By: Eli Leiba | Updated: 2017-03-27 | Comments (6) | Indexing
You want a T-SQL tool that will check my SQL Server database for non-clustered indexes that are not being used and disable these indexes automatically. The tool will find all of these indexes and document them in an output T-SQL script with an "ALTER INDEX...ON...DISABLE;" statement for each non-used index. The purpose is to eliminate index updates on indexes that are not used and therefore not efficient for overall performance.
The solution I found is a stored procedure that I called dbo.usp_Disable_UnusedIndexes. The stored procedure is based on a query of the sys.dm_db_index_usage_stats dynamic view that is joined with sys.indexes, sys.objects and sys.schemas system tables, in order to find the schema, table and index names. The query finds all the non-used indexes for which user seeks, user scans and user lookups are all equal to zero, but the user_updates column is greater than zero. Other conditions that it checks for are that the index belongs to a non-system table and that it is of type non-clustered. The table names must not begin with either 'sys', 'sql', 'fil' or 'que' prefixes. The procedure will not disable an index on a system table even if it's not used and concentrates only on user tables in SQL Server databases. After finding all this data, the procedure scans the cursor composed of the above described query and executes DISABLE INDEX statements for each of the indexes that meet the criteria.
Things to note about this process:
- The data comes from the sys.dm_db_index_usage_stats DMV. Whenever SQL Server is restarted the values in this view are reset, so you need to make sure that SQL Server has been running for a while so that you have a good representation of how indexes are used.
- The index is not dropped, it is only disabled. So if you want to enable the index after it has been disabled you can issue an ALTER INDEX...REBUILD statement.
Here is the T-SQL script of the stored procedure I used to solve this problem. I have commented out the command that executes the DISABLE INDEX, so you can first see what the output looks like.
CREATE PROC dbo.usp_Disable_UnusedIndexes AS BEGIN SET NOCOUNT ON DECLARE @tblName SYSNAME DECLARE @indName SYSNAME DECLARE @schName SYSNAME DECLARE @disableTSQL VARCHAR(300) DECLARE c_unused_indexes CURSOR FOR SELECT DISTINCT obj.NAME AS ObjectName ,ind.NAME AS IndexName ,sch.NAME AS schemaName FROM sys.dm_db_index_usage_stats ius INNER JOIN sys.indexes ind on ius.index_id = ind.index_id INNER JOIN sys.objects obj on ind.OBJECT_ID = obj.OBJECT_ID INNER JOIN sys.schemas sch on obj.schema_id = sch.schema_id WHERE OBJECTPROPERTY(ius.OBJECT_ID, 'IsSystemTable') = 0 AND LEFT(obj.NAME, 3) NOT IN ('sys','sql','que','fil') AND LOWER(ind.type_desc) = 'NONCLUSTERED' AND ind.is_primary_key = 0 AND ind.is_unique_constraint = 0 AND ius.user_seeks = 0 AND ius.user_scans = 0 AND ius.user_lookups = 0 AND ius.user_updates > 0 AND ius.database_id = db_id() AND sch.name <> 'sys' OPEN c_unused_indexes FETCH NEXT FROM c_unused_indexes INTO @tblName ,@indName ,@schName WHILE @@FETCH_STATUS = 0 BEGIN SET @disableTSQL = 'ALTER INDEX ' + @indName + ' ON ' + @schName + '.[' + @tblName + '] DISABLE' PRINT @disableTSQL --EXEC (@disableTSQL) FETCH NEXT FROM c_unused_indexes INTO @tblName ,@indName ,@schName END CLOSE c_unused_indexes DEALLOCATE c_unused_indexes SET NOCOUNT OFF END GO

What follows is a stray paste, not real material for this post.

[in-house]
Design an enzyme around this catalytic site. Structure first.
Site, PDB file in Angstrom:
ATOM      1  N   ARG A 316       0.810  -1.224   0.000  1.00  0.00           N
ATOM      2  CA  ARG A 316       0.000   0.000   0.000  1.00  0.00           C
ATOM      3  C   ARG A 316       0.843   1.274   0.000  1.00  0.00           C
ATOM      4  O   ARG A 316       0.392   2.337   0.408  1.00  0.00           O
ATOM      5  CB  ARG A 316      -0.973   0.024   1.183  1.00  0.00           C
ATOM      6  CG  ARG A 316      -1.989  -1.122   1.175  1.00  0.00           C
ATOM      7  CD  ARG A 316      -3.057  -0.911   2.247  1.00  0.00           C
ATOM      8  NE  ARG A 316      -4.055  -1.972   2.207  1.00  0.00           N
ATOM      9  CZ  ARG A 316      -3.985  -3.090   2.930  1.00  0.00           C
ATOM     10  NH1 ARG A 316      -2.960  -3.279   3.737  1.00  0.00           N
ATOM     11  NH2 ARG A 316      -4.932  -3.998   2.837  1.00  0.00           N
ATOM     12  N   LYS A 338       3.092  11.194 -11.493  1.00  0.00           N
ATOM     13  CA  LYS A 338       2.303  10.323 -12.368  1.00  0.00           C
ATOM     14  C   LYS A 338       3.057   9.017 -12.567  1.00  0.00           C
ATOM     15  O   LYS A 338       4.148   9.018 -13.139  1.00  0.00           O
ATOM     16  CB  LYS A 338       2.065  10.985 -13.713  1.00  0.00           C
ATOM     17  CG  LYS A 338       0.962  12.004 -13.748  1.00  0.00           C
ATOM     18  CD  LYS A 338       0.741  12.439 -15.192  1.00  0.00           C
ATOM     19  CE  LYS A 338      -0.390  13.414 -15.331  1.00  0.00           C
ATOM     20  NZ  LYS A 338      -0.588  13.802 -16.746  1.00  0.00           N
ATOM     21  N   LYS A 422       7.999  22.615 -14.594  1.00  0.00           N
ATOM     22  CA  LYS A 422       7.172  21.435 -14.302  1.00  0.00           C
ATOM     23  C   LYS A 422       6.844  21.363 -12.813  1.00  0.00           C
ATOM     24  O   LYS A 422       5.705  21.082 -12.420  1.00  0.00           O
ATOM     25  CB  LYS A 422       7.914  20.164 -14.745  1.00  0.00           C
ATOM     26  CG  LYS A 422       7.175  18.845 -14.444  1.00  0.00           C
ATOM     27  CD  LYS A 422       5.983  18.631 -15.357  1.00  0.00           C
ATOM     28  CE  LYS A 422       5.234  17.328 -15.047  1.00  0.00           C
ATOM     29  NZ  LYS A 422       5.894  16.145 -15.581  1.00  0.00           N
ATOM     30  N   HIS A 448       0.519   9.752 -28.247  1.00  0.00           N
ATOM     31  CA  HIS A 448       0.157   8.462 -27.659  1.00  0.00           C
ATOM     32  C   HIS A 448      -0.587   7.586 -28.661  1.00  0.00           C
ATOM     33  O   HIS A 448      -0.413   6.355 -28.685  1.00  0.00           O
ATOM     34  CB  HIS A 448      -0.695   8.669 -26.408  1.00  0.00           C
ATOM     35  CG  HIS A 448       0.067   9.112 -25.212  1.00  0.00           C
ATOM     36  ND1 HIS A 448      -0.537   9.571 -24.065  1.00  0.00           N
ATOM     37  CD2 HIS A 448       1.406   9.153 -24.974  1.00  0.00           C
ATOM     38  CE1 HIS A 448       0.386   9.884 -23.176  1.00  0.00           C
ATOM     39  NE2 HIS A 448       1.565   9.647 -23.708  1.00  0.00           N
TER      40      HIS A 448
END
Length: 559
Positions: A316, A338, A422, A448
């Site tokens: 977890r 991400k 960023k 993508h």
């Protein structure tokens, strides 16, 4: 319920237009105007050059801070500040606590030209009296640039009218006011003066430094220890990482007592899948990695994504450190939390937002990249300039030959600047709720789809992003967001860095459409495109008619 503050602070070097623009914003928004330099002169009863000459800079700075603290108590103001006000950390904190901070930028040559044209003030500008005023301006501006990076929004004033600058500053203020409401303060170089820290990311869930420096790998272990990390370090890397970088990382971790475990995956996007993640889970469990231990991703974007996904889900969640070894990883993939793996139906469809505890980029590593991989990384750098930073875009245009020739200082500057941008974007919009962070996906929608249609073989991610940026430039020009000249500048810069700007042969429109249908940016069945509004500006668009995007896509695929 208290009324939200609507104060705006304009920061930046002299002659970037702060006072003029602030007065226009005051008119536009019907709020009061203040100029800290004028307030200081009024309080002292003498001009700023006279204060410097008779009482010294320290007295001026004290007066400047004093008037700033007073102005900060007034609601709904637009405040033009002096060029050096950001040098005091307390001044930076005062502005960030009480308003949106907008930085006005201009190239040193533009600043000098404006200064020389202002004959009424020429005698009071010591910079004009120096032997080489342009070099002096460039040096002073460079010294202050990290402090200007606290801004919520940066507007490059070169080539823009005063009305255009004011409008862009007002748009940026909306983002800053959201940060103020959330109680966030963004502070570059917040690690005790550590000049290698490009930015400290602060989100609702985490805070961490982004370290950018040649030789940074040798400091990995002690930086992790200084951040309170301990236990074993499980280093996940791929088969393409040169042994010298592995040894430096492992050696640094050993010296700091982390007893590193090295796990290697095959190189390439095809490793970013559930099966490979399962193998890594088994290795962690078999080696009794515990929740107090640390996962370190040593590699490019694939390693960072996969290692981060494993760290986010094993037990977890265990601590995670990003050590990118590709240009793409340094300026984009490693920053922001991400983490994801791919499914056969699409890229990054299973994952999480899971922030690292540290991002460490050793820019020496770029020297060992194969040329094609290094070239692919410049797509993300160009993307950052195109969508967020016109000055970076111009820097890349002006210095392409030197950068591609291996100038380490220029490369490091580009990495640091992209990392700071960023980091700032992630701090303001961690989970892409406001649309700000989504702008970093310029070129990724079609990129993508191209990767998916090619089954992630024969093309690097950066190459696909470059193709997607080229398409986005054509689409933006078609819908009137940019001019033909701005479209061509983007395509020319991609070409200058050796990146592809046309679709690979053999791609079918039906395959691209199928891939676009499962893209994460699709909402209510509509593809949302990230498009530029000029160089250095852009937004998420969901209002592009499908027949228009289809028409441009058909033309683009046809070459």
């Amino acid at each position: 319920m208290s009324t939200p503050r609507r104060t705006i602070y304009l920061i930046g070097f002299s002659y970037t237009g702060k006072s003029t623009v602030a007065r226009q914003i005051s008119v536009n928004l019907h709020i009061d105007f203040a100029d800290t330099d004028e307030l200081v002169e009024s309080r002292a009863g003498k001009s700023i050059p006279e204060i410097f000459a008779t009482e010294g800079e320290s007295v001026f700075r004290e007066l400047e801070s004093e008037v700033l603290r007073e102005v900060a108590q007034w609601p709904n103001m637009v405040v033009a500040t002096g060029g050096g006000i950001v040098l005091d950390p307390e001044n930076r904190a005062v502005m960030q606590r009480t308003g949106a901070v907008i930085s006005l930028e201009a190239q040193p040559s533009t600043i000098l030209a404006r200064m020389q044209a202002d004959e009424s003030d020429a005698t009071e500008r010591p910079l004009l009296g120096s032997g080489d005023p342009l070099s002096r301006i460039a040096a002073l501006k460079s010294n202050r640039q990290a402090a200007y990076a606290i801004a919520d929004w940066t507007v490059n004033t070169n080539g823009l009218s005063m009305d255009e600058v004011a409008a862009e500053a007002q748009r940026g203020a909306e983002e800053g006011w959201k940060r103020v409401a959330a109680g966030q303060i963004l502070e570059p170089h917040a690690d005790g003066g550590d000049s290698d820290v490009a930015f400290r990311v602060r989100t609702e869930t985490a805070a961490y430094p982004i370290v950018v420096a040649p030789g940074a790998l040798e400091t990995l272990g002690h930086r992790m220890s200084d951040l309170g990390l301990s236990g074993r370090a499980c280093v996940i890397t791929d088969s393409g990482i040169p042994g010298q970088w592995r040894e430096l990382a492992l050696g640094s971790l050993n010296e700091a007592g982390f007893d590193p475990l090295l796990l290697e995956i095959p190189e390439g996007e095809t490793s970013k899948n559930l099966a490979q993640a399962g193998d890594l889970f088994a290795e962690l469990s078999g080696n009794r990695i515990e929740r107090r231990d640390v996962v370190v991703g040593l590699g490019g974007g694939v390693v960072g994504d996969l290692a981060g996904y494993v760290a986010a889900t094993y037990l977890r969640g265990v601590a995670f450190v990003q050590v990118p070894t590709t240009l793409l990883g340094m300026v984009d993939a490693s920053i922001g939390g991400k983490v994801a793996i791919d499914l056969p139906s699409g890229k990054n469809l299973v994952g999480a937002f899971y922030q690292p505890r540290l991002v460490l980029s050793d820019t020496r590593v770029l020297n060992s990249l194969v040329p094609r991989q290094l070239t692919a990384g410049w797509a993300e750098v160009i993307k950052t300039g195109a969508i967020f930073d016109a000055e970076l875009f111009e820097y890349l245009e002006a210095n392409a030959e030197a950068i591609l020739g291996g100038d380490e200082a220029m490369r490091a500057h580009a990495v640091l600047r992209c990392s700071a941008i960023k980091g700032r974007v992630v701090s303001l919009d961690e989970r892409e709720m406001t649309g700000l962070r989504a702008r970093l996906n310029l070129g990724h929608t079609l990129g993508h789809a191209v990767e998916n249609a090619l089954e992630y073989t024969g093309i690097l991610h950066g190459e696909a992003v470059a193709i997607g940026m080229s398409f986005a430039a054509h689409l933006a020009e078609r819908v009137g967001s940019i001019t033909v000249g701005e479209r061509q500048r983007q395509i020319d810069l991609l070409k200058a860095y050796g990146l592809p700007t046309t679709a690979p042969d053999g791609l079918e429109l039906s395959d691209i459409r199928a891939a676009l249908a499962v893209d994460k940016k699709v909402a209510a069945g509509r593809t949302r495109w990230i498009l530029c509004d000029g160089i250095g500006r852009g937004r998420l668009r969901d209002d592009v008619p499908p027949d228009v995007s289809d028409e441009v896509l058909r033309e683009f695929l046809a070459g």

Example of the procedure usage
Using the above procedure on my Northwind database:
use Northwind go exec dbo.usp_Disable_UnusedIndexes go
Here is the output:
ALTER INDEX CategoryName ON dbo.[Categories] DISABLE ALTER INDEX City ON dbo.[Customers] DISABLE ALTER INDEX CompanyName ON dbo.[Customers] DISABLE ALTER INDEX LastName ON dbo.[Employees] DISABLE ALTER INDEX PostalCode ON dbo.[Employees] DISABLE ALTER INDEX OrderID ON dbo.[Order Details] DISABLE ALTER INDEX OrdersOrder_Details ON dbo.[Order Details] DISABLE ALTER INDEX CustomerID ON dbo.[Orders] DISABLE ALTER INDEX CustomersOrders ON dbo.[Orders] DISABLE ALTER INDEX CategoriesProducts ON dbo.[Products] DISABLE ALTER INDEX CategoryID ON dbo.[Products] DISABLE ALTER INDEX CompanyName ON dbo.[Suppliers] DISABLE ALTER INDEX PostalCode ON dbo.[Suppliers] DISABLE
Note: The procedure was tested on SQL Server 2014 Standard Edition and SQL Server 2016 Developer Edition, but should work on other versions as well.
- Compile and execute the procedure on your SQL Server user databases and check if there are non-used indexes that exist that can be disabled.
- Learn more about SQL Server Indexes.
Last Updated: 2017-03-27
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